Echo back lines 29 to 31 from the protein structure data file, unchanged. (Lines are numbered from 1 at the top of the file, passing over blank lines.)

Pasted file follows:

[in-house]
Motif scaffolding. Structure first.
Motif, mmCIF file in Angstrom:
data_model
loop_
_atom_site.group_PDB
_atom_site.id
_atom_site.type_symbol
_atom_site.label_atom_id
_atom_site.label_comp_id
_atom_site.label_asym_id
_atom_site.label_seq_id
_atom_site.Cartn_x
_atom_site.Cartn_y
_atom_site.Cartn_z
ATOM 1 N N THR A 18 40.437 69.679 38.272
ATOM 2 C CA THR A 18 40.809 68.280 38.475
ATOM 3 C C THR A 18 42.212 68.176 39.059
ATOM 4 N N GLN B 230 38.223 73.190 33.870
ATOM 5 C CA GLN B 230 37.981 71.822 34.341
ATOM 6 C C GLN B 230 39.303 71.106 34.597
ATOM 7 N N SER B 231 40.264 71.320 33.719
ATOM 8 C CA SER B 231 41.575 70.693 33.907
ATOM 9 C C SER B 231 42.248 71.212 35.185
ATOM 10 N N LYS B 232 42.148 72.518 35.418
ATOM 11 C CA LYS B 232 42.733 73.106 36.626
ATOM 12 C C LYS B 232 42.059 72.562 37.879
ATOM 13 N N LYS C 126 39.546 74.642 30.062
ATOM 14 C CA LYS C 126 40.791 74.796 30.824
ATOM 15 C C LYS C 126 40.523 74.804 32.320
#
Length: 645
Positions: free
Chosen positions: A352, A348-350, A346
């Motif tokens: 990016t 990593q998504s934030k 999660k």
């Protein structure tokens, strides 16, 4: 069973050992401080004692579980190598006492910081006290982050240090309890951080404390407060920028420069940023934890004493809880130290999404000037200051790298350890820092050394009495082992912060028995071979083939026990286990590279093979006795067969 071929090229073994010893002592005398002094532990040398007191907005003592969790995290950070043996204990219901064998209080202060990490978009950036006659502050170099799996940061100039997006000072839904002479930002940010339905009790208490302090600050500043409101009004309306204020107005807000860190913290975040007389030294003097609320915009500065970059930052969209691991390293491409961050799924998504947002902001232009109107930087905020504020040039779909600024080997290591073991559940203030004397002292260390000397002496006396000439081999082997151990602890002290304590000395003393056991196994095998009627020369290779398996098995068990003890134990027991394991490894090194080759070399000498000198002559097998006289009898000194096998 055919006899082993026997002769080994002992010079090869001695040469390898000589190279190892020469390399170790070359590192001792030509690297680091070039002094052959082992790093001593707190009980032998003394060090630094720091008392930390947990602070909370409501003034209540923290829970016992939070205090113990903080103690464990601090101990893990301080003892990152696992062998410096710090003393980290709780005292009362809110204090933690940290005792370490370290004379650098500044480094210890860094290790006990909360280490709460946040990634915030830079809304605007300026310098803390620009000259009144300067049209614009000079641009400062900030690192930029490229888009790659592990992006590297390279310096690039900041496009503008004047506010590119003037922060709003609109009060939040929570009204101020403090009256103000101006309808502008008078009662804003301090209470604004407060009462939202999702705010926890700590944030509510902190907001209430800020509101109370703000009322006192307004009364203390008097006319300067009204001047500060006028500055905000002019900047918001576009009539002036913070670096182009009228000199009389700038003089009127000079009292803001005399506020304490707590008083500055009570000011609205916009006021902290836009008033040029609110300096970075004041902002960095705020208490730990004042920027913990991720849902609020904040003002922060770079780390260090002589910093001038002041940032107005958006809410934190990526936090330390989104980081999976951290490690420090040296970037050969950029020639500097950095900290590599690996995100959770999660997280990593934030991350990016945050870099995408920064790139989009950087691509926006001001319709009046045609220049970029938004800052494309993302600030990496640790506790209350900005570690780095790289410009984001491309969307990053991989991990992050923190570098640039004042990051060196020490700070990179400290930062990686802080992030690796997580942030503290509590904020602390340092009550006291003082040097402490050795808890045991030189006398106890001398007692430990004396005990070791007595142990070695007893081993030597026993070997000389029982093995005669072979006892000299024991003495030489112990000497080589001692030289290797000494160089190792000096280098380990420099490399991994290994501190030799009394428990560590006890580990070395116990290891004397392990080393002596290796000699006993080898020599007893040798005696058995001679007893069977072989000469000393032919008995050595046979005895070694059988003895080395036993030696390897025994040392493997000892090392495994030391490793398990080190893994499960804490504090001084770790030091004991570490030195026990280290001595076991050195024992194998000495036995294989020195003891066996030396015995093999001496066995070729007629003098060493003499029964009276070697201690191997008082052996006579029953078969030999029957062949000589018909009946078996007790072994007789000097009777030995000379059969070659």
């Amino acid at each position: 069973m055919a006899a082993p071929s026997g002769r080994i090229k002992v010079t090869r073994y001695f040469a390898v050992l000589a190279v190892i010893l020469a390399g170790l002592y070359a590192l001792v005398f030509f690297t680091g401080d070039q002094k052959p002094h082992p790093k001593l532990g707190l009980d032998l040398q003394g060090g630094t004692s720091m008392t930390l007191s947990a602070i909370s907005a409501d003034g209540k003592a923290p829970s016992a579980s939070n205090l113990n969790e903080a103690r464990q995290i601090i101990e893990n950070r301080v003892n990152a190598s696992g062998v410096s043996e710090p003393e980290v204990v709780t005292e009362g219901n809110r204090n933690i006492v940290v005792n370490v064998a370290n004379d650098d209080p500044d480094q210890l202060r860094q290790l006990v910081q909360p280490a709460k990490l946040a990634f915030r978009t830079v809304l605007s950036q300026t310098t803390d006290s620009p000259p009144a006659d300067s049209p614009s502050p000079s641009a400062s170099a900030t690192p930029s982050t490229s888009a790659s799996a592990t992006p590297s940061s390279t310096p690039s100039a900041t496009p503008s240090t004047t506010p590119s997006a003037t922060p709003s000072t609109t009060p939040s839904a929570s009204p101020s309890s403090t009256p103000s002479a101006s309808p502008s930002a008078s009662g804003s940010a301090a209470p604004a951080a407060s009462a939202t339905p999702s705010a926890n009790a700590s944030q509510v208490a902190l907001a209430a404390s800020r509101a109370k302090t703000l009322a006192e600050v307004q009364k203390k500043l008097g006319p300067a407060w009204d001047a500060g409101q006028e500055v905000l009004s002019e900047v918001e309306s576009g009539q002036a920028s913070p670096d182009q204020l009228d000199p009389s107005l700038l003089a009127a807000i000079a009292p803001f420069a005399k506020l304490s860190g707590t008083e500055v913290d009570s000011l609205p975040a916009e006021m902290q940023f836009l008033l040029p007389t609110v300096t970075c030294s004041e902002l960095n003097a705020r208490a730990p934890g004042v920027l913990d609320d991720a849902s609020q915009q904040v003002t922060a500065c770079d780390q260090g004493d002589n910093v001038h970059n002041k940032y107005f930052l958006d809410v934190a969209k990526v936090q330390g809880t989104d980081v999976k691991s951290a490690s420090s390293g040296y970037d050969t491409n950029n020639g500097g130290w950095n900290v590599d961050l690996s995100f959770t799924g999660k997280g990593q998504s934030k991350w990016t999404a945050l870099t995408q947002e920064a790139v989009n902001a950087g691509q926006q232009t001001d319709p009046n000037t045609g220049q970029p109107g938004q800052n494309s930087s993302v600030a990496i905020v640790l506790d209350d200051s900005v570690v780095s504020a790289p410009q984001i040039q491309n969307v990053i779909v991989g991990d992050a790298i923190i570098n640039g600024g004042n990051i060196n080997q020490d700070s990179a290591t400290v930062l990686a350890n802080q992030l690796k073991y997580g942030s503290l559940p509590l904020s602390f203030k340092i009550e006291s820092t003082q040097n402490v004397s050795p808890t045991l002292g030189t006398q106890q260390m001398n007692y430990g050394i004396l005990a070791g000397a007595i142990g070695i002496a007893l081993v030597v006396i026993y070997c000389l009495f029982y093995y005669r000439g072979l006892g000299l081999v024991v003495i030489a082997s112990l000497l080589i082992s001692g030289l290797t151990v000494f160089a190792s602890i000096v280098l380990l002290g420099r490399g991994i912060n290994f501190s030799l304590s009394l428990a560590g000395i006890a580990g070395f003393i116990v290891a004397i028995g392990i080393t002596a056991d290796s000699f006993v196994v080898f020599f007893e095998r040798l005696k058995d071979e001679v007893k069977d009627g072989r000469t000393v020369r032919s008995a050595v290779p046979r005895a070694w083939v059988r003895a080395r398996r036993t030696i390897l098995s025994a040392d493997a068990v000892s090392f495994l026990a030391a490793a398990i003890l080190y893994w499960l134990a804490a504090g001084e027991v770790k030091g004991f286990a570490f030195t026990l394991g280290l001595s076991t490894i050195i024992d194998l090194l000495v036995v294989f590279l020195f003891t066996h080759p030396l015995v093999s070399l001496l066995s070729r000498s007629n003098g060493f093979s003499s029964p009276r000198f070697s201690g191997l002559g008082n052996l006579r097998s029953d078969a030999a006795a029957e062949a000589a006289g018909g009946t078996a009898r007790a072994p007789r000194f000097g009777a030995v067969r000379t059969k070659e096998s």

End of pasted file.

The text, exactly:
ATOM 14 C CA LYS C 126 40.791 74.796 30.824
ATOM 15 C C LYS C 126 40.523 74.804 32.320
#